After the misery that was 2009, most of the SQL Server users I talk to are happy that 2010 started in languid fashion. Not that there isn't a lot of work to do; on the contrary, there's more work than ever. However, the long hours and multiple projects of 2009, compounded by freezes in all levels of spending, raised the general stress level to unhealthy heights. With the new year, stress levels dropped significantly, and many IT leaders see signs of improving prospects. What does that bode for 2010? I have a couple of predictions, though I doubt they'll surprise many people.
Strong Adoption of SQL Server 2008
This might sound like a no-brainer, but there's more to this prediction than meets the eye. First of all, SQL Server 2008 R2 launch has been announced for May of this year. Wouldn't that slow down adoption of SQL Server 2008? Well, no, not really.
With Microsoft's promise after the release of SQL Server 2005 to move to a 24- to 36-month cycle for product releases, many SQL Server shops voiced more than passing irritation with such an aggressive upgrade schedule. Now that the dust has settled and Microsoft's announced scheduling is reality, many customers have decided they simply can't keep up with the upgrade schedule and have made peace with upgrading as often as is practical, probably every two releases.
On one hand, that's great for Microsoft today because many customers are busy upgrading to SQL Server 2008, or have plans to do so soon. On the other hand, Microsoft can kiss goodbye a strong adoption curve for SQL Server 2008 R2 immediately after launch. In a sense, the market's willingness to allow their own business needs to drive their upgrade cycles is good for Microsoft. I believe we'll see more predictability to SQL Server customers' adoption curve of new releases.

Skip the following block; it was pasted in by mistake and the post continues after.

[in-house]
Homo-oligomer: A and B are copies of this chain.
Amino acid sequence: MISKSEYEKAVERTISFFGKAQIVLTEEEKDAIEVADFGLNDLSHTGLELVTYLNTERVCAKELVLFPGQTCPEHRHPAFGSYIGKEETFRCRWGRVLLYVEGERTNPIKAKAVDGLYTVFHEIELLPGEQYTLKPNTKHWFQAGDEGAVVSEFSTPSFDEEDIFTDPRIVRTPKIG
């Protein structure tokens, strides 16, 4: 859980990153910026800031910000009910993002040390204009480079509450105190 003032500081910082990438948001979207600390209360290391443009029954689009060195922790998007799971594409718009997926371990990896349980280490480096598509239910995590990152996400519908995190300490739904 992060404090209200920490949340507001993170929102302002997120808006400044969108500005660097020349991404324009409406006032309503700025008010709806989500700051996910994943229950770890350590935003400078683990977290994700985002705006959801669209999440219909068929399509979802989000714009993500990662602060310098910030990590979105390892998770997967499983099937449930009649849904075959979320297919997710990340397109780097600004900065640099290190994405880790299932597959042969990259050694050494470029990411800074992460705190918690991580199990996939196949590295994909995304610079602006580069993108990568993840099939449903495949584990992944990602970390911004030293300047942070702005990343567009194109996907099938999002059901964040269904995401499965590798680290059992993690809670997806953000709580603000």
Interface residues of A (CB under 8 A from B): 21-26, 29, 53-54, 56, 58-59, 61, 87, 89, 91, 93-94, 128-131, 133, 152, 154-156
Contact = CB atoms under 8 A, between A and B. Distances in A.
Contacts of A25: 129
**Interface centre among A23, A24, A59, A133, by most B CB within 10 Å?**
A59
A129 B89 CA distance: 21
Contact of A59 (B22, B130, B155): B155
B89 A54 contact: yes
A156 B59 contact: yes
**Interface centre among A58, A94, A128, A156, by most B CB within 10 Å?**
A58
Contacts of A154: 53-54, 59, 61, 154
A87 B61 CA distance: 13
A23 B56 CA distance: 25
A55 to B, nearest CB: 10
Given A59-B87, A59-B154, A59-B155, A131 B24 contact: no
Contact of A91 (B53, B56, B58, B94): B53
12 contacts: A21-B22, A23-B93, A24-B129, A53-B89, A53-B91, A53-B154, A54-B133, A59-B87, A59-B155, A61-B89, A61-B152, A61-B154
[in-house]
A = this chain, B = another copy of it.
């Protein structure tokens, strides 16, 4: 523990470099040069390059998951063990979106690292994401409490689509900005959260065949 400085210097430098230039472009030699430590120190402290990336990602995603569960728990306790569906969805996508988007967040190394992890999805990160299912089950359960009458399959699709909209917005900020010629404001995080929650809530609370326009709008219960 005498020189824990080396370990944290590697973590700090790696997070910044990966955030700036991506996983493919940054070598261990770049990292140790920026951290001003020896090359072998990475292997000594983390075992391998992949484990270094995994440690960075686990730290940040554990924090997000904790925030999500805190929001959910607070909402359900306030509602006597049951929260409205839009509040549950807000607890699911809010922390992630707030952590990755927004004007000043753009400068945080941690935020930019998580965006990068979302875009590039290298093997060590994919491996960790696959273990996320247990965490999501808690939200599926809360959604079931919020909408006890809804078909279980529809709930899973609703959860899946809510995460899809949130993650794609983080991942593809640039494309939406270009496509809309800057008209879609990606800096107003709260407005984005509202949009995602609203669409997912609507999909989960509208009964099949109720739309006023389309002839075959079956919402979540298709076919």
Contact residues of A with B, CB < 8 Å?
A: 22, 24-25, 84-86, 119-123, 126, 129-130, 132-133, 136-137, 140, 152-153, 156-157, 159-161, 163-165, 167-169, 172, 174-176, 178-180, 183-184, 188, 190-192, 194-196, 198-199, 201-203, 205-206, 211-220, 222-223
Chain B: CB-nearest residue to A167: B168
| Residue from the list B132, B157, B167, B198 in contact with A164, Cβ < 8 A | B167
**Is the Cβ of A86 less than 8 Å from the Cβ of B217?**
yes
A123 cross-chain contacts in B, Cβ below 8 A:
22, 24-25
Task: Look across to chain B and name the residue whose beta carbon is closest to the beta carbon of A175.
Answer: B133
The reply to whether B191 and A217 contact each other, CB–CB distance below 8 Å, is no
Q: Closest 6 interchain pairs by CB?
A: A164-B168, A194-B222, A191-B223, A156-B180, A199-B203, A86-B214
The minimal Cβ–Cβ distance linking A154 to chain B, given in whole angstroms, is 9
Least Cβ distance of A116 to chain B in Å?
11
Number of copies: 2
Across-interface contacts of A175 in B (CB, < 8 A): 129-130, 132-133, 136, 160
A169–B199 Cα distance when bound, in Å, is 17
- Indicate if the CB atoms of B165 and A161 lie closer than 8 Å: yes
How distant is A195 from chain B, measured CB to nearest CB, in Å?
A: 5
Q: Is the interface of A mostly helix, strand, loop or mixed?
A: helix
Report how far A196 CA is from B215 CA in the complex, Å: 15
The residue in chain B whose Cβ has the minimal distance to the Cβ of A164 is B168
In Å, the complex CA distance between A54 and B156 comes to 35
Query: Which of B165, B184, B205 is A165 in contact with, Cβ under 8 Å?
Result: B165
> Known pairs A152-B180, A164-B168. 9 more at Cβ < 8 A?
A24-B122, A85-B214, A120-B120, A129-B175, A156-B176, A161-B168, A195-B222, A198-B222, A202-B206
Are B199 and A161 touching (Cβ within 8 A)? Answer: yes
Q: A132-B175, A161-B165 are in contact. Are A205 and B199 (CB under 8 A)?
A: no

Proofs of Concept for SQL Azure
Cloud computing is getting a lot of press, but it isn't actually high on the list of priorities for most IT managers. Consequently, the market is taking the attitude of "let someone else be the guinea pig." SQL Azure, while offering a strong set of features and pricing, is actually the newest of the credible cloud-based databases (other more time-tested offerings coming from Google and Amazon) and has fewer reference customers than its competition. Will IT shops deploy big applications to SQL Azure in 2010? My guess is that Microsoft may persuade a small handful of important customers to put a big and important application into their cloud. However, the vast majority of applications actually deployed on SQL Azure in 2010 will be replacements for MS-Access databases or MySQL databases, at best, and simple proofs of concept without much real business value. I'm convinced very few enterprises will deploy an important application in the cloud until there are rock-solid case studies proving that SQL Azure is reliable and secure. SQL Azure will show up on IT managers' lists of alternatives once enterprises have experience with it and see some strong case studies.
BI Continues Its Ascent
The other DBMS players in the market continue to lose ground to Microsoft in the BI space, a trend that's accelerating with SQL Server 2008 R2. The amazing new capabilities (and negligible cost) of PowerPivot heighten SQL Server's already formidable lead in pushing decision-making information to all levels of an enterprise. I firmly believe the organizations that "get it" will use PowerPivot and other BI features in R2 to gain an actual and measurable competitive edge in the marketplace. Why? PowerPivot makes information accessible and actionable to the rank-and-file manager-that's why. It's been a long, long time since I could say that about a single feature in a platform DBMS product! While other DBMS platforms have credible BI offerings, none are as cost-effective or hardwired into the infrastructure of an enterprise as the new features in R2.
Agree or disagree? I'd love to hear your feedback here or at my personal website-http://KevinEKline.com. Follow me on Twitter at @KEKline.